Skift Take

Disney often sticks to its happiest-place-on-earth script, so it's refreshing to hear the CEO talk somewhat frankly about the forces disrupting all parts of his business — and how the company is responding.

“Once upon a time” might be a popular way to kick off fairy tales, but looking to the past is no way to run a multi-billion-dollar business.

Bob Iger, chairman and CEO of The Walt Disney Co. told an audience last week that the entertainment giant has been taking new steps to address the forces disrupting various parts of its operations.

“I think the most important thing one has to do when they’re contending with change is to admit that it’s occurring and to assess very carefully what the impact of the change is on all the businesses,” Iger said during the Bank of America Merrill Lynch 2017 Media, Communications & Entertainment Conference.

Iger said that at a board retreat in June, Disney decided to have each unit present to the board of directors how their business were being disrupted and how they were dealing with that.

“It was great for the business unit heads because it got a further commitment to recognizing the change, embracing the change and doing something about it,” he said. “What emerged from that meeting, which didn’t surprise us, is that if you look at change and disruption across all of the Disney businesses — from parks and resorts to motion picture business, to theme parks, to media — the most dramatic change or the biggest impact from disruption is being felt by the media networks.”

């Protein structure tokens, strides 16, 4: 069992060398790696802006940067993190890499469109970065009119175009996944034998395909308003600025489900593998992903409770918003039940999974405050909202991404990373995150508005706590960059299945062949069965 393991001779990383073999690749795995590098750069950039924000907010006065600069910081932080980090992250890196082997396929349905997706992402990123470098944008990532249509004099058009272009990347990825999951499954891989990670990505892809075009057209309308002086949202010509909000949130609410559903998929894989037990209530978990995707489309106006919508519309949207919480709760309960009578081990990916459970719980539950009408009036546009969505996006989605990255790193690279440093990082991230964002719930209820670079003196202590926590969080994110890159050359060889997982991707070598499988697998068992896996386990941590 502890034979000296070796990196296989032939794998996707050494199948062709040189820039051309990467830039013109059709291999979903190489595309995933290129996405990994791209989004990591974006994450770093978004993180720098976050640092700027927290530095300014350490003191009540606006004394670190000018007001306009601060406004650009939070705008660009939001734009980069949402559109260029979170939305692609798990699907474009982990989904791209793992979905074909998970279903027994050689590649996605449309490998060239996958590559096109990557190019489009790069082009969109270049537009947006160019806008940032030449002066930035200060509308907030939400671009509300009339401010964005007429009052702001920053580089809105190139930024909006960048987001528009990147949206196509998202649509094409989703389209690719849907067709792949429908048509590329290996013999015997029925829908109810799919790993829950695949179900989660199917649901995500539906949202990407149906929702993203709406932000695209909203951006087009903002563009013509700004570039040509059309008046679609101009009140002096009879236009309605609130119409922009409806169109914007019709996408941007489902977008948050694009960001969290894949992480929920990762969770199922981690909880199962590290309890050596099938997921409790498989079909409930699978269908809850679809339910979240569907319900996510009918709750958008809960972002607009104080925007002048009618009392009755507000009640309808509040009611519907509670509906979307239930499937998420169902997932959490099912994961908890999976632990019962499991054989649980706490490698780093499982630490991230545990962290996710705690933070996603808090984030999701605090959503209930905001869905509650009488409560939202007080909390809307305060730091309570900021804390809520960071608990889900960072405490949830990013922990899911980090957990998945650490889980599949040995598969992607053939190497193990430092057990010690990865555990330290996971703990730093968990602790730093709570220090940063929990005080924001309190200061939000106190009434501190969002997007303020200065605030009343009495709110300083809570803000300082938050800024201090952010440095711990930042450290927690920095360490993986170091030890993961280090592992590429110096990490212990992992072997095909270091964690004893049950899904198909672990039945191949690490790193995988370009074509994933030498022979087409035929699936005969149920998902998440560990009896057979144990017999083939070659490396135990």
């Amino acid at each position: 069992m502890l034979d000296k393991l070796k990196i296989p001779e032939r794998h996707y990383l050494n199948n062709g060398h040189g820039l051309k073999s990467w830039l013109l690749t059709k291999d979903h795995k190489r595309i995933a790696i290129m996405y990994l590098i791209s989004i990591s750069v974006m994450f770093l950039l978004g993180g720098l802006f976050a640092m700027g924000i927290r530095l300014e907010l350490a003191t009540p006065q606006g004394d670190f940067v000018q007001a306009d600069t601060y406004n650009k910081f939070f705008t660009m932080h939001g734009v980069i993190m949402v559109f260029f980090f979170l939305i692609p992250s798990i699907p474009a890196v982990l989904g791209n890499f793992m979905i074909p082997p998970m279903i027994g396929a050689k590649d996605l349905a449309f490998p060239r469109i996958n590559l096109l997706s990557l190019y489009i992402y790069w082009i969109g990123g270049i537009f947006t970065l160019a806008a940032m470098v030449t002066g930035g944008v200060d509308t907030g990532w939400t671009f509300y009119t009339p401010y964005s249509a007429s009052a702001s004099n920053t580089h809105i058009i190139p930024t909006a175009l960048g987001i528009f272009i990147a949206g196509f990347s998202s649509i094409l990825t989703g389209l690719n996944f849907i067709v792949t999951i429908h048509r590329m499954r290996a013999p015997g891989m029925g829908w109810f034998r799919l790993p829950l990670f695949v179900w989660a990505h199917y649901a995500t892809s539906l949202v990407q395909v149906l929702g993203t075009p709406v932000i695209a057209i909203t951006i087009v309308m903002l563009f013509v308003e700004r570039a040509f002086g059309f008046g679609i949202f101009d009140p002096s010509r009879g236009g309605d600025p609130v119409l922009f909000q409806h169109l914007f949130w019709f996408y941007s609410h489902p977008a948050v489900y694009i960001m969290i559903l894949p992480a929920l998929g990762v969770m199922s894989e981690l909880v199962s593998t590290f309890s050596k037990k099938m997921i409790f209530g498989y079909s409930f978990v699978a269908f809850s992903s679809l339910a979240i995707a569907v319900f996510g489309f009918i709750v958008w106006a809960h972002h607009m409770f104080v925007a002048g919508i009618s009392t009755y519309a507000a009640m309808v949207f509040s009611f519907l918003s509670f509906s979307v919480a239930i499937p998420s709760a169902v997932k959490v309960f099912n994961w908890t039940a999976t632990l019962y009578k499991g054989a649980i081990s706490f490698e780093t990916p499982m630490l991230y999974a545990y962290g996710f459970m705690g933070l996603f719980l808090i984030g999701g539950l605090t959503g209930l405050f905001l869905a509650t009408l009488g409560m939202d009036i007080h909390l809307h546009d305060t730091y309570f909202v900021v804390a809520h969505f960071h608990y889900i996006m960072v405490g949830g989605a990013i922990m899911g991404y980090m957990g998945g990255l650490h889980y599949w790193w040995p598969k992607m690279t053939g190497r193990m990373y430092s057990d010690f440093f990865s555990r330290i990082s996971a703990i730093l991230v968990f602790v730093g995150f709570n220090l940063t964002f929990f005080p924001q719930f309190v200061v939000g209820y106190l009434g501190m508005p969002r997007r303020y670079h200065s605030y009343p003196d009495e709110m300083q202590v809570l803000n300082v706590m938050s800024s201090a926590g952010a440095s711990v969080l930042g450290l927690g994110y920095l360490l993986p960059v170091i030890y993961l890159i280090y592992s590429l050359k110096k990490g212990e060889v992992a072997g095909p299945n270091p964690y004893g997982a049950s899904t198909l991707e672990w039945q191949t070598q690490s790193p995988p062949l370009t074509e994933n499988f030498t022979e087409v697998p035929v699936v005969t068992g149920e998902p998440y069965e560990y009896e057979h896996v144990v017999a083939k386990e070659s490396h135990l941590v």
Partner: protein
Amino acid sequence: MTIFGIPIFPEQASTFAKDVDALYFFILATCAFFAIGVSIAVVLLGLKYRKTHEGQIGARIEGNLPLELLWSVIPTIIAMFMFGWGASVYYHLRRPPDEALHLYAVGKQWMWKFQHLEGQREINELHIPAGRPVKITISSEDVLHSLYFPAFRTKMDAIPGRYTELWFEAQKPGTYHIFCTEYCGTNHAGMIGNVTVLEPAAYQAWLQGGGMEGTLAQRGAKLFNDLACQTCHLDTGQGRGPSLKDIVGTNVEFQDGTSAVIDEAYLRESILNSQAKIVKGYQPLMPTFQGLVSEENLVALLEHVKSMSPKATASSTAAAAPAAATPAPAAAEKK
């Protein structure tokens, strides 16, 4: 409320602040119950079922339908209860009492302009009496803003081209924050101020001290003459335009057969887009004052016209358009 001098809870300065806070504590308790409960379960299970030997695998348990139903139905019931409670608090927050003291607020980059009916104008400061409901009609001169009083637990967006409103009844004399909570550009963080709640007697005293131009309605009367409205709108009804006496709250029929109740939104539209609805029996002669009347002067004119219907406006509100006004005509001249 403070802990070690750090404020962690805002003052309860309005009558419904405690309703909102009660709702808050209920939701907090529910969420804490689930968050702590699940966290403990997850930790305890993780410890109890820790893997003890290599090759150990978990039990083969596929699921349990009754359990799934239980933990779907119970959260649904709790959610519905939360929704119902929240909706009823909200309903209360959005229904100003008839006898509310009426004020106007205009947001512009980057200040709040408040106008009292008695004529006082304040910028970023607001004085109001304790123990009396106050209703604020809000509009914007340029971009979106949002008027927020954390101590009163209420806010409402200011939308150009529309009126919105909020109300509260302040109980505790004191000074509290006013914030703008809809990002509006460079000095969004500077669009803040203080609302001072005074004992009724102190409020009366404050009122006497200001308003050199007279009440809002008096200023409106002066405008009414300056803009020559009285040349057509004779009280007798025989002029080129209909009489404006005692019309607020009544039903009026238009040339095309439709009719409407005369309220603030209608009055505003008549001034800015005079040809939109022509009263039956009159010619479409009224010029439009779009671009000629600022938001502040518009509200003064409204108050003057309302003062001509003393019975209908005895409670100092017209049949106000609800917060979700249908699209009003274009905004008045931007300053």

This year’s financial results will reflect some upheaval. Iger said during the conference that earnings per share for fiscal 2017 — which ends in a couple of weeks — will be roughly in line with results from the previous year. That’s due in large part to costs at ESPN and the lack of a big Star Wars movie this year.

Even though the theme parks and resorts division had a “tremendous” year, it is ending with some turbulence. Hurricane Irma, which hit the Florida Keys Sunday morning and worked its way north, forced the company to close its four Orlando-area theme parks Sunday and Monday. Other operators in Central Florida — including Universal Orlando Resort, SeaWorld Orlando, Busch Gardens, and Legoland — also shut down.